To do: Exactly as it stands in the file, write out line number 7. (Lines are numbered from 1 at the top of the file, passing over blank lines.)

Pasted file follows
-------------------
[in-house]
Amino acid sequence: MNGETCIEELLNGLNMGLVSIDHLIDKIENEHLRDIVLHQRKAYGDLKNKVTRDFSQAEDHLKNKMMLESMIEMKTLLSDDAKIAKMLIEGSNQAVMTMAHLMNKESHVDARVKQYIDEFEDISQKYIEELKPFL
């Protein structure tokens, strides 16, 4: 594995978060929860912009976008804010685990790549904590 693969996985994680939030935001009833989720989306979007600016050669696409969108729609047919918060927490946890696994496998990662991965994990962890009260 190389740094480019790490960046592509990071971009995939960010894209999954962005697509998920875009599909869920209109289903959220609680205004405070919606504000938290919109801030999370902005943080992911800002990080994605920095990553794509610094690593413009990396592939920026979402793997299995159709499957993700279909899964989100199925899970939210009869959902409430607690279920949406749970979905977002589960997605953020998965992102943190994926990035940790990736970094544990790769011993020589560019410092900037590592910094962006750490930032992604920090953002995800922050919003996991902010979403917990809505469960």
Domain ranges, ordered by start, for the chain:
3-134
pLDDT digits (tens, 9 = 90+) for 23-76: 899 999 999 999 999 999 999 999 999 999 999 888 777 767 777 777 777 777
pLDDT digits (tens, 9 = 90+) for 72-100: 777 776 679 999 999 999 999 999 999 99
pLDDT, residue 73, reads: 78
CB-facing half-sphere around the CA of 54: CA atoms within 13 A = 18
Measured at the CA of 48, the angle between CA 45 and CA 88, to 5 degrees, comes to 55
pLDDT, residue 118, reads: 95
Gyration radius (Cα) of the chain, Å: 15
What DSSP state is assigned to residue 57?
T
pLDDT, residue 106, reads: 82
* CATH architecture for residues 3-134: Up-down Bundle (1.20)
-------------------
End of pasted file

pLDDT digits (tens, 9 = 90+) for 72-100: 777 776 679 999 999 999 999 999 999 99